The Gift of Fire to Mankind: A Mythical Study on the Spiritual Significance of Coal, Part 3
Introduction: We follow the Greek myth of Prometheus the Titan, who directly questions Zeus about keeping man in darkness and refusing to give him the gift of fire. After the divine conversation, Prometheus is restless; he decides to help mortals against Zeus’ will, and rises early to touch his reed to the sunrise. He gives fire to man, instructing him of its dangers and teaching him how to use it.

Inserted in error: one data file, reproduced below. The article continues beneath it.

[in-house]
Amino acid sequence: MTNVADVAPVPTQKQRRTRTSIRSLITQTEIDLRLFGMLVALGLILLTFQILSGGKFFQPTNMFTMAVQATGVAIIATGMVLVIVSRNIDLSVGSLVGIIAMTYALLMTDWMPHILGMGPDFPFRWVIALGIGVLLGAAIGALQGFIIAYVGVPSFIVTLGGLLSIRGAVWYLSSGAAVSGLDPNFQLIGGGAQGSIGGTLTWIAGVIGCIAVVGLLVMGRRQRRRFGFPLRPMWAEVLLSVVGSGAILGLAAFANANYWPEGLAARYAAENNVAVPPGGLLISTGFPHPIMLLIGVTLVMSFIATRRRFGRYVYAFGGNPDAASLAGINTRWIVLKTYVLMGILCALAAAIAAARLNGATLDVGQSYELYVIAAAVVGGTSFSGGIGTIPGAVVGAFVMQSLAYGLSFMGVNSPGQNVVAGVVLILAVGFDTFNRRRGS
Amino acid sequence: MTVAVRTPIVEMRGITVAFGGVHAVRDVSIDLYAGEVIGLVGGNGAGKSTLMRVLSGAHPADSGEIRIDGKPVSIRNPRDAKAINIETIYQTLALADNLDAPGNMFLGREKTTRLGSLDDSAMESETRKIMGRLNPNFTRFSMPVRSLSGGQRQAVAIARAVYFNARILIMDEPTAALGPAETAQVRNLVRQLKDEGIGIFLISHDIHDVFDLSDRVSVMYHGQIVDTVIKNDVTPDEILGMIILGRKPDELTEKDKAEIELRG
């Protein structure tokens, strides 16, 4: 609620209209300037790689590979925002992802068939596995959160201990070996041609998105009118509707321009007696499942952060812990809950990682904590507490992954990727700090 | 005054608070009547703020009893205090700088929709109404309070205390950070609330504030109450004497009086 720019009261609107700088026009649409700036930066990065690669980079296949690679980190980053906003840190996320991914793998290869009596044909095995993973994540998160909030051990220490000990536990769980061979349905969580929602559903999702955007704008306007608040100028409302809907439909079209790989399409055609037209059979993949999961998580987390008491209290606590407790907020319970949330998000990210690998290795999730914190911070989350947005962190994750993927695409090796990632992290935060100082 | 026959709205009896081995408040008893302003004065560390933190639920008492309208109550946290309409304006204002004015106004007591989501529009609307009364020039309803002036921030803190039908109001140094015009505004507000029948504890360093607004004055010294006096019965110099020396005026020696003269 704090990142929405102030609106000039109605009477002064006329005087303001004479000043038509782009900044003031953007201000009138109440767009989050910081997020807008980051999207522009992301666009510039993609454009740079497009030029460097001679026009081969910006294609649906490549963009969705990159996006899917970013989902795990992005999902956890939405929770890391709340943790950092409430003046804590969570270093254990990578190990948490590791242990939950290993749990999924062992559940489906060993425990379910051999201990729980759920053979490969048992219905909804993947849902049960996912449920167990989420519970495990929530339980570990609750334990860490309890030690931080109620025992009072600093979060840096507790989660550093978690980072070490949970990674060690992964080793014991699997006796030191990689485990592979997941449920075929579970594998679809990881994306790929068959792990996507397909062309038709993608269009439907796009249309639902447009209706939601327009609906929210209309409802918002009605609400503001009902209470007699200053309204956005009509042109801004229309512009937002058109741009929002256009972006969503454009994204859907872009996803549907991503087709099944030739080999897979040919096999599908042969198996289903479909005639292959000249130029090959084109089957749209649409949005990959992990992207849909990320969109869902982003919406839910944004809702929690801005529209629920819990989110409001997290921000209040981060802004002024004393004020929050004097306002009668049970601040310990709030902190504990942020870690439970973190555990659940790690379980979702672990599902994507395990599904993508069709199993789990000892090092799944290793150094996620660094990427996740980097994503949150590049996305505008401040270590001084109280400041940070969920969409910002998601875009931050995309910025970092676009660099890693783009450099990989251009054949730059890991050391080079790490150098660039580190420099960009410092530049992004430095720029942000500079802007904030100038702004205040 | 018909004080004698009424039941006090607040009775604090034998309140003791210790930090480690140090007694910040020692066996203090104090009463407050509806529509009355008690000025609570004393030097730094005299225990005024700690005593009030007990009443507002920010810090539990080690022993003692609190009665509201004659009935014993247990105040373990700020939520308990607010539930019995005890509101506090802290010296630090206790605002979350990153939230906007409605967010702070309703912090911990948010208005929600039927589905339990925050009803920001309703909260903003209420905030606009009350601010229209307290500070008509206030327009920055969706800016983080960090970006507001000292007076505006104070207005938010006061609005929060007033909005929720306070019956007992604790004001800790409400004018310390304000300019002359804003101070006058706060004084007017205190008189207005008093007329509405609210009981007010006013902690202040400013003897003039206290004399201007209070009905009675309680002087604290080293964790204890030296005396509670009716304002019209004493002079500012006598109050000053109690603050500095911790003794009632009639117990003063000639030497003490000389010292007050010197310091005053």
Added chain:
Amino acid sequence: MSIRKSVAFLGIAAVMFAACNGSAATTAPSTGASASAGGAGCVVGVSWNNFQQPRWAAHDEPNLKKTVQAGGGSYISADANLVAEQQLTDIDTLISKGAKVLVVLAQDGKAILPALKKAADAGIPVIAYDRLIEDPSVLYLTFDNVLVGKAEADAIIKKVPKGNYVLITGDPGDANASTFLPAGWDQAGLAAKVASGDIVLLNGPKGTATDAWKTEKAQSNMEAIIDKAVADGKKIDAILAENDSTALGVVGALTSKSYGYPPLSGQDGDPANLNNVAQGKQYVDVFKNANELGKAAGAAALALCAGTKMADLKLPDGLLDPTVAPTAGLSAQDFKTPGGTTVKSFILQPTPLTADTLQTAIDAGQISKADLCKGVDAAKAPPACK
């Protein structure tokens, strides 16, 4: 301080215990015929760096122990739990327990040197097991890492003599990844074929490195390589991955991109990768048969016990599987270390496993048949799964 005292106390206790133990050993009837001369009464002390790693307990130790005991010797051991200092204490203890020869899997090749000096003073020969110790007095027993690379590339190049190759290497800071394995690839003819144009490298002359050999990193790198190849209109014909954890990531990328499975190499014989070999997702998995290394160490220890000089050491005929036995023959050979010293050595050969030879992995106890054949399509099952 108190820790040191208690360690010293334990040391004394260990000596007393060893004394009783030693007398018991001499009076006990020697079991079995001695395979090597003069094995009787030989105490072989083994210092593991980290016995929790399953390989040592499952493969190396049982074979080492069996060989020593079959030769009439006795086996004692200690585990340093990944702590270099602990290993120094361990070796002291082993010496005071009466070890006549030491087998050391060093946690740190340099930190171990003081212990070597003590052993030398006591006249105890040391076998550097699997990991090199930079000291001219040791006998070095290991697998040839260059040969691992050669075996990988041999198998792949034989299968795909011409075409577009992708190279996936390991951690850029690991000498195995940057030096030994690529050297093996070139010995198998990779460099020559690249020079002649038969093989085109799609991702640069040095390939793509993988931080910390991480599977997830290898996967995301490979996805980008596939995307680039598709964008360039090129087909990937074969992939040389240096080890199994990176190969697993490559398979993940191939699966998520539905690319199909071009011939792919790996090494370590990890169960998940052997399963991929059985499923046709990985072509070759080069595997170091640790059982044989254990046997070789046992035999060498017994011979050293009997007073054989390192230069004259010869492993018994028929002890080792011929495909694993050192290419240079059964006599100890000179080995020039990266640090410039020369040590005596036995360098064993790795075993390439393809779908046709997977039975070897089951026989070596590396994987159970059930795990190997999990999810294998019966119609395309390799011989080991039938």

“Then, one day, Zeus looked down from the mountain and was amazed. Everything had changed. Man had come out of his cave. Zeus saw woodsman’s huts, farmhouses, villages, walled towns, even a castle or two. He saw men cooking their food, carrying torches to light their way at night. He saw forges blazing, men beating out ploughs, keels, swords, spears. They were making ships and raising white wings of sails and daring to use the fury of the winds for their journeys. They were wearing helmets, riding out in chariots…like the gods themselves.
Zeus was full of rage. He seized his largest thunderbolt. ‘So they want fire,’ he said to himself. ‘I’ll give them fire-…I’ll turn their miserable ball of earth into a cinder.’ But then another thought came to him, and he lowered his arm. ‘No,’ he said to himself….”